managed to cut its energy use by only 20%. Warehouses containing the
same quantity of goods use roughly 5% of the energy. Out-of-town shops
are also hardwired to the car - delivery vehicles use 70% less fuel.
Timescale: fully implemented by 2012.
These timescales might seem extraordinarily ambitious. They are, by
contrast to the current glacial pace of change. But when the US entered
the second world war it turned the economy around on a sixpence.
Carmakers began producing aircraft and missiles within a year, and
amphibious vehicles in 90 days, from a standing start. And that was 65
years ago. If we want this to happen, we can make it happen. It will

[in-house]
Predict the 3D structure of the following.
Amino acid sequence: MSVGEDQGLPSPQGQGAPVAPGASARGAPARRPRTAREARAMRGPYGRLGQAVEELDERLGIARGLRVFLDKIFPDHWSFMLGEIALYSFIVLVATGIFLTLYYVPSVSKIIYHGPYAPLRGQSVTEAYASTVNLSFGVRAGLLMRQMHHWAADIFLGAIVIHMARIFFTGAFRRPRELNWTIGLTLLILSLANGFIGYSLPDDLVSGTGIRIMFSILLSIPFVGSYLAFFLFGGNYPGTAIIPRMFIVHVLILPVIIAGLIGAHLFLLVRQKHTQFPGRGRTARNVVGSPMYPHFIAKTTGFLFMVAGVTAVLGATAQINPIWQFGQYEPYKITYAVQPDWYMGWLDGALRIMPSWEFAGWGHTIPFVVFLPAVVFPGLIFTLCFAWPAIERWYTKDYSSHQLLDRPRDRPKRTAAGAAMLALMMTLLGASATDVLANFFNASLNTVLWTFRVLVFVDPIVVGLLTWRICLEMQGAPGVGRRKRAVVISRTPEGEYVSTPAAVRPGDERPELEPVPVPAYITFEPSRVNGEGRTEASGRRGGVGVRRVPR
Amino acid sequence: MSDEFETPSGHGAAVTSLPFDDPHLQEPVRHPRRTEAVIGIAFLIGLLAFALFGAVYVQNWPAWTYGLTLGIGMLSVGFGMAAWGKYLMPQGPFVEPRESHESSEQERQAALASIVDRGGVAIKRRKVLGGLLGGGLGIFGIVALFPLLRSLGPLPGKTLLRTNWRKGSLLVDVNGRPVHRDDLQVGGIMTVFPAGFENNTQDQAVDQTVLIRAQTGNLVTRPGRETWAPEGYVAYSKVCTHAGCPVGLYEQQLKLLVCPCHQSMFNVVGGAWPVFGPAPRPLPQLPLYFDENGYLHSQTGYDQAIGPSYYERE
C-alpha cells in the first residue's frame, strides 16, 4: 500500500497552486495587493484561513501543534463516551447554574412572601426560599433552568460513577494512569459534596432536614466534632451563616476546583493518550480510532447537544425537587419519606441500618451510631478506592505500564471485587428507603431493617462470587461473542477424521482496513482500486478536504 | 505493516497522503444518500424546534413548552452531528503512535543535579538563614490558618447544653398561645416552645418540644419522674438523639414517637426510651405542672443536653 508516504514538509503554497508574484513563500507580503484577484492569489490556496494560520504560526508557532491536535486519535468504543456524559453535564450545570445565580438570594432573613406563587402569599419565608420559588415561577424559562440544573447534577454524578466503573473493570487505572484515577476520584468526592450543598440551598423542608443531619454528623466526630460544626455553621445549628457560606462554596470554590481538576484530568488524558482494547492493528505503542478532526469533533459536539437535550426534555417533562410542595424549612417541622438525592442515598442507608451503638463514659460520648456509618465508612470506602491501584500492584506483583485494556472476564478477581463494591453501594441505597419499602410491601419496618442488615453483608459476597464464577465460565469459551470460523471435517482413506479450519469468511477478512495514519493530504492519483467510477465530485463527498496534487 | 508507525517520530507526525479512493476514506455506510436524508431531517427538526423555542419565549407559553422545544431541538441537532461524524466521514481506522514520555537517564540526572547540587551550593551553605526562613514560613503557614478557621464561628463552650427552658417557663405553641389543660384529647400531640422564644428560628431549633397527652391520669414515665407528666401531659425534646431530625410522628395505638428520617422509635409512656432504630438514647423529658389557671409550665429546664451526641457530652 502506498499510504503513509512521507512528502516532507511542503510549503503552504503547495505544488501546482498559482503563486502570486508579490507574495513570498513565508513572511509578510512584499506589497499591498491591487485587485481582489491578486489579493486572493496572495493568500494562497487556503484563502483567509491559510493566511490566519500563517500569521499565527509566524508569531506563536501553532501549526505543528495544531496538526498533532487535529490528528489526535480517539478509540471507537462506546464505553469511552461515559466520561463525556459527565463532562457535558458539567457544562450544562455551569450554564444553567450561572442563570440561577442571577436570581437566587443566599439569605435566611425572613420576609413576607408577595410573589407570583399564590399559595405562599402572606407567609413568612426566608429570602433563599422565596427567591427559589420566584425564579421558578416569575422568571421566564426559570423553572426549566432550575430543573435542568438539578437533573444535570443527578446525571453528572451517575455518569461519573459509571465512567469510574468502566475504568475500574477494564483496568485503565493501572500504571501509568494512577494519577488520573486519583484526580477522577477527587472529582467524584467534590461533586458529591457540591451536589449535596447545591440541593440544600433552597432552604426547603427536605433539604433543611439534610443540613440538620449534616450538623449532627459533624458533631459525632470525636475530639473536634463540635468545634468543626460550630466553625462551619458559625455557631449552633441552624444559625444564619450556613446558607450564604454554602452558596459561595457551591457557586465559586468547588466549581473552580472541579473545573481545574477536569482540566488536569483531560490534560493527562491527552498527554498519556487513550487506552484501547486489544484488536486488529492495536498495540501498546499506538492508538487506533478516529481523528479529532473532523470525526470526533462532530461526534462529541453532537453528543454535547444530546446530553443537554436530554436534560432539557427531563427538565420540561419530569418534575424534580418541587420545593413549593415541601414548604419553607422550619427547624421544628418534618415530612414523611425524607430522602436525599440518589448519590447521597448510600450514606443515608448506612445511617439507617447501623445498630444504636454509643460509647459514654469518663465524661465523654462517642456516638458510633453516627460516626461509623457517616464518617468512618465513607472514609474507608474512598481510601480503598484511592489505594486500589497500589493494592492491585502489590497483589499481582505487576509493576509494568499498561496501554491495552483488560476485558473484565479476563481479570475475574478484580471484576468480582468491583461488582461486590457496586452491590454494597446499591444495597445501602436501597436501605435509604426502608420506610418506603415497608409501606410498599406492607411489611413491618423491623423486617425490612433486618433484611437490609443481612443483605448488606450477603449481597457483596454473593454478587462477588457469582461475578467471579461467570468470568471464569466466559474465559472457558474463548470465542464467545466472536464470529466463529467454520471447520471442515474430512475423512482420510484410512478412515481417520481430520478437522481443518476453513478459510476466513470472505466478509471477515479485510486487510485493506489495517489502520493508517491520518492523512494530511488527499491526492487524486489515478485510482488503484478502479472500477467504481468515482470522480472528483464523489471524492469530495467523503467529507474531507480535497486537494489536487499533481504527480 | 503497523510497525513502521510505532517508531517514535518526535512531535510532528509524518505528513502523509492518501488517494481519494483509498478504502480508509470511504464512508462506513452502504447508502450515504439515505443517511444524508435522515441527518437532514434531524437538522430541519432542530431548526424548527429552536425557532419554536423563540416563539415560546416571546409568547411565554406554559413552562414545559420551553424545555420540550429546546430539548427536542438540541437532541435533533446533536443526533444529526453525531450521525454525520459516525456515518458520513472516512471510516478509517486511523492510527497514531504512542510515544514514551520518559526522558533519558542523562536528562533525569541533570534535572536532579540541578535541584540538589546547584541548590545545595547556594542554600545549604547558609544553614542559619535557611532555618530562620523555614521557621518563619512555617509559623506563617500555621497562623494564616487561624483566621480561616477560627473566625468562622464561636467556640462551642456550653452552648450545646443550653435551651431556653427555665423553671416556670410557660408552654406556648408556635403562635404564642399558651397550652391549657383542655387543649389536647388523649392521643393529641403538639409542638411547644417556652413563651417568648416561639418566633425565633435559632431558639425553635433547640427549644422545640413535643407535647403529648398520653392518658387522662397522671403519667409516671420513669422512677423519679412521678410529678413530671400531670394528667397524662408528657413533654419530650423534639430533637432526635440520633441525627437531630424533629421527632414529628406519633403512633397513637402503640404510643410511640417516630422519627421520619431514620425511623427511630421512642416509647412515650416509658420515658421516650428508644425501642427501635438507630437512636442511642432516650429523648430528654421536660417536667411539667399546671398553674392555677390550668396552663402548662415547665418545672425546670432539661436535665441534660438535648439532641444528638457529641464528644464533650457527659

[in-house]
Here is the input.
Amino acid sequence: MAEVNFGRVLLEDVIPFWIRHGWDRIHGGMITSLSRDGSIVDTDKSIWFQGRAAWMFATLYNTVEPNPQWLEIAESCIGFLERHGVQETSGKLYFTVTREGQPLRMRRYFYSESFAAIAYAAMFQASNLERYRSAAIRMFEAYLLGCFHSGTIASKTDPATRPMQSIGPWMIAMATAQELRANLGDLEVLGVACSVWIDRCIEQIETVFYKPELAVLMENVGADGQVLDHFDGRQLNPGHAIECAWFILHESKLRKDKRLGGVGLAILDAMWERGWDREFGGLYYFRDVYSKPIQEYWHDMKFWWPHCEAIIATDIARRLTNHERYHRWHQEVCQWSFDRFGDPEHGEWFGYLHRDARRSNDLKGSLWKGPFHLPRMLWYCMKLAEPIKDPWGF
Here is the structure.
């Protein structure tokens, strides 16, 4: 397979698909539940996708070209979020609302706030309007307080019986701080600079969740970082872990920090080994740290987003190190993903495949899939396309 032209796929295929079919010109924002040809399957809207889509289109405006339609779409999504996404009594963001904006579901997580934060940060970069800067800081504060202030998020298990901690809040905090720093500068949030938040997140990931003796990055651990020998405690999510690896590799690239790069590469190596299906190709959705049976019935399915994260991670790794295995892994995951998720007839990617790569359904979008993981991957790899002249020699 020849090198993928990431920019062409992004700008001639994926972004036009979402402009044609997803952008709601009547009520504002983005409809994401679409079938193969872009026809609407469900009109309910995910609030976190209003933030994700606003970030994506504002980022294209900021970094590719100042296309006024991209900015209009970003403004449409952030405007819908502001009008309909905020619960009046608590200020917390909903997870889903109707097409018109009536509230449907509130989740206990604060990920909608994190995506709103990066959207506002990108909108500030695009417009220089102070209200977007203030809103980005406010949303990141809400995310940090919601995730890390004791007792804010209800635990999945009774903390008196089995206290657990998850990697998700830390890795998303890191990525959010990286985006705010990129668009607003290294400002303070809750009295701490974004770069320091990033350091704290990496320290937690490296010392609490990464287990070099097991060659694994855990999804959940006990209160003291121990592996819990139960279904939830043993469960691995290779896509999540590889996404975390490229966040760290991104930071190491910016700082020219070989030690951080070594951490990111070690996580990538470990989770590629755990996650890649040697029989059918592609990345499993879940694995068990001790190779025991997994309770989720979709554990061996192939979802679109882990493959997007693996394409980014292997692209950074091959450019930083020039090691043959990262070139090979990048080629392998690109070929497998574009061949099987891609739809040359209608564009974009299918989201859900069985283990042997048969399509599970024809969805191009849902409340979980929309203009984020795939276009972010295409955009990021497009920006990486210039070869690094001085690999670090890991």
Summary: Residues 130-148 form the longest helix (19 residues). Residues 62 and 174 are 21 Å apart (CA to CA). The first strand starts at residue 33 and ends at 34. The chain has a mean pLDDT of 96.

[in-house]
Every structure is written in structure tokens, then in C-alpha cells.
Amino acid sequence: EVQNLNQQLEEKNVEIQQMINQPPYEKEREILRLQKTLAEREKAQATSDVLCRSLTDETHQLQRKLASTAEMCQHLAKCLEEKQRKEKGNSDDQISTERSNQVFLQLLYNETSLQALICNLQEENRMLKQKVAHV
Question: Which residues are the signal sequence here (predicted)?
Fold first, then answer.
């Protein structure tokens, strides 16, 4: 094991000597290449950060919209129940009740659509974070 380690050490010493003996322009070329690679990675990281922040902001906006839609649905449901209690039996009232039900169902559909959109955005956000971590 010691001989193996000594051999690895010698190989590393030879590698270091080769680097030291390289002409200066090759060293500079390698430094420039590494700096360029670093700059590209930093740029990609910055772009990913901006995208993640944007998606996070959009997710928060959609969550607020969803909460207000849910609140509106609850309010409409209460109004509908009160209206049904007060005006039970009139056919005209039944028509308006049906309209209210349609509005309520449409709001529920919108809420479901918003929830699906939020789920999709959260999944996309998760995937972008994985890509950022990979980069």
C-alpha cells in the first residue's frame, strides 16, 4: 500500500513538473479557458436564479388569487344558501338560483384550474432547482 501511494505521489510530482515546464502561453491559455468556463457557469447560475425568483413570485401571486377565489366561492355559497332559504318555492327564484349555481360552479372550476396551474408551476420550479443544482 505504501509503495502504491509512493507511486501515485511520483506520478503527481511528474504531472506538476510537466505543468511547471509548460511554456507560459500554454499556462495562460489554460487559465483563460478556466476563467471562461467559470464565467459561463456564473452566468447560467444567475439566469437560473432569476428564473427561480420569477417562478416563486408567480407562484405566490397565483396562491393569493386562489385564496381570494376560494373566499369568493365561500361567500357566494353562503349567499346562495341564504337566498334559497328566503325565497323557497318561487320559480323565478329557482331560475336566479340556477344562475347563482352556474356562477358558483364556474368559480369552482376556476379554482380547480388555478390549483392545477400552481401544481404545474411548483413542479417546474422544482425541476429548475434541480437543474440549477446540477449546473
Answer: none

require more economic intervention than we are used to, and some pretty
brutal emergency planning policies (with little time or scope for
objections). But if you believe that these are worse than mass death
then there is something wrong with your value system.
Climate change is not just a moral question: it is the moral question of
the 21st century. There is one position even more morally culpable than
denial. That is to accept that it's happening and that its results will
be catastrophic, but to fail to take the measures needed to prevent it.
George Monbiot's book Heat: How to Stop the Planet Burning is published
Guardian Unlimited © Guardian News and Media Limited 2006